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Elizabeth Long: Why was culture relegated to the back burner?

According to Elizabeth Long, what are at least two reasons why culture was relegated to the 'back burner' in much of 20th century American sociology? Why has it become a more recent concern for us? Based on your own knowledge of sociology (particularly from taking sociology courses), how are these recent trends reflected or not reflected in your own experiences with the discipline?

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Sociology and Cultural Studies

In her book, 'From sociology to cultural studies: new perspectives' (1997), Long proposed that sociologists had always been at odds with scholars (i.e. humanists) who study culture for its details and it's marking of identity. Sociologists study culture as a kind of system, one of practices and structures. With methodology, especially that of the European schools involved, details are less important than what was quantifiable, what could be distilled empirically. In a way, the tradition pioneered via positivism became the more widely accepted standard of sociological study that the study of society via the details brought about by culture was relegated to the sidelines. Long proposed that the qualitative approaches of the Chicago School was seen only as an alternative in that ethnography was utilized to understand how culture constructed identity including everyday practices and the relationship of culture to linguistic practices. This was at odds with rigorous methodology, hence, this approach was, even though it was accepted to still be valid, relegated to the back burner. In a way the approaches in cultural studies was more geared towards anthropological measures and sociology, with its interest in understanding key structures and elements of society via rigid methodology finds itself at odds with ethno-anthro concerns and approaches to micro, messy details. Hence, much of the 20th century ...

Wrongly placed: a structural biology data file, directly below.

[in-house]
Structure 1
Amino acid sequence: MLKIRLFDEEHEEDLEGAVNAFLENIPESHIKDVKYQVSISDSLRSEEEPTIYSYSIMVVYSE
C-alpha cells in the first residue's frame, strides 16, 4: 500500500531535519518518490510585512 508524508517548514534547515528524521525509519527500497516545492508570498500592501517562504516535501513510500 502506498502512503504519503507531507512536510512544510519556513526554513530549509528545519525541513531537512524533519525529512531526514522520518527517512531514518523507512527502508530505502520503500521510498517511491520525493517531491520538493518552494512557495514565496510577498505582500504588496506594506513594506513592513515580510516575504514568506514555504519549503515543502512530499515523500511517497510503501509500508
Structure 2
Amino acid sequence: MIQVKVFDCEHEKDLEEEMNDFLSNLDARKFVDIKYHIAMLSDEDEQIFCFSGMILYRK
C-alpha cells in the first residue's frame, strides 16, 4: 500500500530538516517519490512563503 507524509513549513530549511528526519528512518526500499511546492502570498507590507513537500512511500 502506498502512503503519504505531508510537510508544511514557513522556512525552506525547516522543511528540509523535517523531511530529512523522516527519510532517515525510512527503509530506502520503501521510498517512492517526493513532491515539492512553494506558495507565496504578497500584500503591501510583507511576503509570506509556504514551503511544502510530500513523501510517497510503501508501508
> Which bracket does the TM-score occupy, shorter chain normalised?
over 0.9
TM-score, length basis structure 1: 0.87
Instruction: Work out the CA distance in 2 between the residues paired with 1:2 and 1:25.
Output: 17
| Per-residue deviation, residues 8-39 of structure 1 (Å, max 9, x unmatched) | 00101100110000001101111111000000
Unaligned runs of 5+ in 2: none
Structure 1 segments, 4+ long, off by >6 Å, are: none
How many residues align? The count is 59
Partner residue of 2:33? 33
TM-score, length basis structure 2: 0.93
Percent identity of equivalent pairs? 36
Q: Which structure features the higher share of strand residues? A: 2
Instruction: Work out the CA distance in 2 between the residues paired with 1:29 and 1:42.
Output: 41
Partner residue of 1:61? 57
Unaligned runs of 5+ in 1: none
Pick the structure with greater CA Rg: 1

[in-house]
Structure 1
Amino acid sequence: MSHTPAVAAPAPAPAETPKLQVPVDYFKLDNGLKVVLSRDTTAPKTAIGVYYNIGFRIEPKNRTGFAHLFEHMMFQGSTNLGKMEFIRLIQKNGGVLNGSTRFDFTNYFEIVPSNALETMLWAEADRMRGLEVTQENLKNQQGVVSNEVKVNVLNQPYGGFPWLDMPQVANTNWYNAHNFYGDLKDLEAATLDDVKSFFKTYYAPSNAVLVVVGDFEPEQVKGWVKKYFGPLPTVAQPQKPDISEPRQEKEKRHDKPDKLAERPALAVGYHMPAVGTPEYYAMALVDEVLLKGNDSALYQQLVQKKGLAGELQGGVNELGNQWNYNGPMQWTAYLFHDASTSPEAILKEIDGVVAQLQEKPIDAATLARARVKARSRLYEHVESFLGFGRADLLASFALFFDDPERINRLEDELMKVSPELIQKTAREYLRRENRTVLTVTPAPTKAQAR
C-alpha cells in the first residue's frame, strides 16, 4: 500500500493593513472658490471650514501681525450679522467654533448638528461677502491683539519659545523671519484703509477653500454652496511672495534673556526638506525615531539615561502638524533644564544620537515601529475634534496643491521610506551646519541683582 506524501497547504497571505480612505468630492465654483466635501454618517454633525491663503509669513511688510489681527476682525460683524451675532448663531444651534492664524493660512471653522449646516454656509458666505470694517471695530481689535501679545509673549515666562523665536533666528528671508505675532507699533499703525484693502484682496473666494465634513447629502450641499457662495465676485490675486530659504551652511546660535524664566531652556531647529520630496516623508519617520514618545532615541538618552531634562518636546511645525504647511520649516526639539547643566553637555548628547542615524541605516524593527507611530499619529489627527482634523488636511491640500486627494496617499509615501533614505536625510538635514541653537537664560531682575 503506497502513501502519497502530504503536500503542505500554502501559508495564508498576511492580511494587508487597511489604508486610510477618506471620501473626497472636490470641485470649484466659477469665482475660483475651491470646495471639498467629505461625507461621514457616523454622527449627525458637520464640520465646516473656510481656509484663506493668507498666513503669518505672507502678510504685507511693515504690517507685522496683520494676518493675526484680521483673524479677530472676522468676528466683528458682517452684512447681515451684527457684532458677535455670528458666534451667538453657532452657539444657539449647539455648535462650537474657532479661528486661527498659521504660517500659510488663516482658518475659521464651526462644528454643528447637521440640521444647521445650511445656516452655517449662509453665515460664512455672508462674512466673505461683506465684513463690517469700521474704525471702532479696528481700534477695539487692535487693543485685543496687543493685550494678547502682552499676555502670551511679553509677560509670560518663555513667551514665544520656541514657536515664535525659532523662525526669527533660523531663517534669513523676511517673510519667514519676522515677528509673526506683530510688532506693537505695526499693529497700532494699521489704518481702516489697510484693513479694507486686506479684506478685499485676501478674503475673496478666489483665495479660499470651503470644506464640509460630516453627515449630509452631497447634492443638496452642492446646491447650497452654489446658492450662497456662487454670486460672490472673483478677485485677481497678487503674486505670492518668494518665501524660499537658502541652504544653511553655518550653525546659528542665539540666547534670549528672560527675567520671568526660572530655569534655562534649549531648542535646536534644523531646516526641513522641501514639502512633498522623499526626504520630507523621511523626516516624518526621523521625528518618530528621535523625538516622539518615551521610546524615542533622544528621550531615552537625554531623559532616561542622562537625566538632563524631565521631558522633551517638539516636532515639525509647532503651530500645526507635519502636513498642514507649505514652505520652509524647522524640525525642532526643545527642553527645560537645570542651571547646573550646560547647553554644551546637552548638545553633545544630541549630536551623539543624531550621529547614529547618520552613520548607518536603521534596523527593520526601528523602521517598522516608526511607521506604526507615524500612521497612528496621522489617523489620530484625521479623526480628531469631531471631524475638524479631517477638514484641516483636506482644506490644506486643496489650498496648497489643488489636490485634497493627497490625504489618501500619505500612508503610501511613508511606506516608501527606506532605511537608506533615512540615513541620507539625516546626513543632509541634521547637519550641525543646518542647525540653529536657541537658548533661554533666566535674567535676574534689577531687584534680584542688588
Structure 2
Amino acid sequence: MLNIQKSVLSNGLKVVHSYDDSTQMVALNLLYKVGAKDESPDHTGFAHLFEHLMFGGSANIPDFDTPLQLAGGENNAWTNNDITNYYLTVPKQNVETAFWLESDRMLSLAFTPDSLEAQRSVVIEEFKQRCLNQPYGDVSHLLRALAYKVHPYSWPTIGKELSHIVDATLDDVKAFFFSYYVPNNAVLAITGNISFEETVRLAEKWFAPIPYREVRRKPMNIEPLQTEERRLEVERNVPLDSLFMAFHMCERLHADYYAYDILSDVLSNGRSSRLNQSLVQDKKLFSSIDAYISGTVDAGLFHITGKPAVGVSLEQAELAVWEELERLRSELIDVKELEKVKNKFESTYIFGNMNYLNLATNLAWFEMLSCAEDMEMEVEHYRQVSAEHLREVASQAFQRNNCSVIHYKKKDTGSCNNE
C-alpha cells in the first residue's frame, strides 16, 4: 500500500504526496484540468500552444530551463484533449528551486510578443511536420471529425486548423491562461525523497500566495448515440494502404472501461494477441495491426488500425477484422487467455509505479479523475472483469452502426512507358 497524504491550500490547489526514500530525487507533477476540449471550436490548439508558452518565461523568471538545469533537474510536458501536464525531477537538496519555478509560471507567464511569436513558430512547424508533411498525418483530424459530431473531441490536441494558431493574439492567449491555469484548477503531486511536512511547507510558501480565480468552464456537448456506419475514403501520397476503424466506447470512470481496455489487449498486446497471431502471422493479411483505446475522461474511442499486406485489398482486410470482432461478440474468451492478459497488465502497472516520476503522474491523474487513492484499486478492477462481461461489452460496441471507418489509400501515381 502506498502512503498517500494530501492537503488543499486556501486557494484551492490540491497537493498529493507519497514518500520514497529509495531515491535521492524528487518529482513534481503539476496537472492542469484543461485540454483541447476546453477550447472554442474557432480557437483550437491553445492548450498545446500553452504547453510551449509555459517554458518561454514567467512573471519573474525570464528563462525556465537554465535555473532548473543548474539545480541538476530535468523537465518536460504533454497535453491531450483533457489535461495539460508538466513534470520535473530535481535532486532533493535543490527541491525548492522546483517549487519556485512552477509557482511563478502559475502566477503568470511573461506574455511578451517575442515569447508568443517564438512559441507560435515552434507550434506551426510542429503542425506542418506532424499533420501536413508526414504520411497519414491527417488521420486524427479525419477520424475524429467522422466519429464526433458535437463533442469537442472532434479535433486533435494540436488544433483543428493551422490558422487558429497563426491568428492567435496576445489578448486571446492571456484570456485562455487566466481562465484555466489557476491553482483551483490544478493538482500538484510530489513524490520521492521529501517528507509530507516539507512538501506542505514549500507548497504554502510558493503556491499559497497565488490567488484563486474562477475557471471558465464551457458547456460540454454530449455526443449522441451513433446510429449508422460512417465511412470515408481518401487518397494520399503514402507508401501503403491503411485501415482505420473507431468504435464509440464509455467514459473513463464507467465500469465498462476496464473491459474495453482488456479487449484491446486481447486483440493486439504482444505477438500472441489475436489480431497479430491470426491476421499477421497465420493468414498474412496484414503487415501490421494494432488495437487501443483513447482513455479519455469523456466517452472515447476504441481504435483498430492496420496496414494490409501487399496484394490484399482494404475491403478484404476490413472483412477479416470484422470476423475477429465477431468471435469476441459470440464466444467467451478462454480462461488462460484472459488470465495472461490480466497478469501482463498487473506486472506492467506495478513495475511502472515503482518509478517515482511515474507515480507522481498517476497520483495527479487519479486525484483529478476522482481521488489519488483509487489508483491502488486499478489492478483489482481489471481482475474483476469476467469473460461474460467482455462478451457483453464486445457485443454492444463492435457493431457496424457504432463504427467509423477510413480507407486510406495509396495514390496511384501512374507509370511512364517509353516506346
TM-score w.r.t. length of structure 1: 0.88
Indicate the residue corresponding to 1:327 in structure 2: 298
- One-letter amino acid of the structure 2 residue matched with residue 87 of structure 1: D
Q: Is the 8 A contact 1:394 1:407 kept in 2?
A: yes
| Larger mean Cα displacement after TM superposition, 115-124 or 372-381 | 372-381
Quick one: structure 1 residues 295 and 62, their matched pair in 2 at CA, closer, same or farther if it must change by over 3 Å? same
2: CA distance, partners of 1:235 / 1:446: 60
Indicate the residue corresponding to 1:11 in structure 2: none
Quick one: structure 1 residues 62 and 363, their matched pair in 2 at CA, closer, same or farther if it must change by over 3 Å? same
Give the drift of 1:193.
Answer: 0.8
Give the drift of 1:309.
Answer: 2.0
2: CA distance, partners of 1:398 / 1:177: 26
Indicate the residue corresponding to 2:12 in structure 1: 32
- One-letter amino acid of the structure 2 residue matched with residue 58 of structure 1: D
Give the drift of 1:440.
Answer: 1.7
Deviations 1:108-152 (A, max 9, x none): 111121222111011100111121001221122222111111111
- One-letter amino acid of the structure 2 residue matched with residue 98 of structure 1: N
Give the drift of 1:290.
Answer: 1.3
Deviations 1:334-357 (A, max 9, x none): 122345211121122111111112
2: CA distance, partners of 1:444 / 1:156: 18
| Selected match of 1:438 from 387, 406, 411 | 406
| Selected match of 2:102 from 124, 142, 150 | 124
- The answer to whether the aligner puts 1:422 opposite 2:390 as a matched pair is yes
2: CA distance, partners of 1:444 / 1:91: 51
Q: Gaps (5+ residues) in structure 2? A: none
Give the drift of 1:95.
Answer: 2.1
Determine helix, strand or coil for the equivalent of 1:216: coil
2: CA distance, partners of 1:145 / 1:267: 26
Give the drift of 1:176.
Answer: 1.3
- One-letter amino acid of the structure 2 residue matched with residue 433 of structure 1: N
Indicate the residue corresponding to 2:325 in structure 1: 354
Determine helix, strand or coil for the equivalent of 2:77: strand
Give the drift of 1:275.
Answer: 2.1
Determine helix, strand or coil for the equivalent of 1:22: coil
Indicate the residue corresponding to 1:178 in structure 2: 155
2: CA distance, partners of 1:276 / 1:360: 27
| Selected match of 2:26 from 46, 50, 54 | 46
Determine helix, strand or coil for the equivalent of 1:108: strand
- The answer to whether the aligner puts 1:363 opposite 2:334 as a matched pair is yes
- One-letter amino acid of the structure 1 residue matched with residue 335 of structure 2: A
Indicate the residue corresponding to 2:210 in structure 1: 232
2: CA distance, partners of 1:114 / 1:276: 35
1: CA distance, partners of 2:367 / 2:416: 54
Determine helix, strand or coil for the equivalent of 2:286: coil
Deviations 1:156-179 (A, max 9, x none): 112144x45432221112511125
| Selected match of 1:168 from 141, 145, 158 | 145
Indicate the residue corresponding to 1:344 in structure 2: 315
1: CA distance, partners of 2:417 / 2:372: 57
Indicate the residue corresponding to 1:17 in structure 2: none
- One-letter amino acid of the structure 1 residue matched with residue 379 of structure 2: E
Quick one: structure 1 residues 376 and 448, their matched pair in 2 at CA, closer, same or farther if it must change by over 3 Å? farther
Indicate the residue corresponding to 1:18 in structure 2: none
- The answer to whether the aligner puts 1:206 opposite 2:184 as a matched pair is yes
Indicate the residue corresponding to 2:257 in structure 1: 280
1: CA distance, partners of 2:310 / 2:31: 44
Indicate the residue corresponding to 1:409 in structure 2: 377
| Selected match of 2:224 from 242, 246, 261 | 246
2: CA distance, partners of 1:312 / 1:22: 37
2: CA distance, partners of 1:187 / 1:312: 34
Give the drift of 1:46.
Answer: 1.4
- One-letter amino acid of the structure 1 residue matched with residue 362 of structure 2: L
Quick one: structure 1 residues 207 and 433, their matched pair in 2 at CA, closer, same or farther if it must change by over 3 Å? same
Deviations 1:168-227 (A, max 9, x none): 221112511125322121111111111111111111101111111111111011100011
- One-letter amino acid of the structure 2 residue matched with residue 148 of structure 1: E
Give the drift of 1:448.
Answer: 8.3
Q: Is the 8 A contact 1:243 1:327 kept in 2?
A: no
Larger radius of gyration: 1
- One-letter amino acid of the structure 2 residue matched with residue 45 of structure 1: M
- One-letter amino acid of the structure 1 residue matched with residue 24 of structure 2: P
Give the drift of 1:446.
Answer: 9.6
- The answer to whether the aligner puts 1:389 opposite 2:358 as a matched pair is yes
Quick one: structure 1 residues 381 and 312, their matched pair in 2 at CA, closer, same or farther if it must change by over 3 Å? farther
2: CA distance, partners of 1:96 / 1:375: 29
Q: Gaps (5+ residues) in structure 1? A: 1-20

Solution Summary

The solution is a 793-word narrative that discusses Elizabeth Long's proposition regarding culture being relegated to the back burner in American Sociological studies of the 20th century. Taking on ideas from Stuart Hall, the solution explains why at present culture has once again taken center stage in sociological studies particularly in the study of identity creation and socialization. The concept of paradigm shifts as well as the sociological perspectives is also discussed. Print references have been listed for further studies.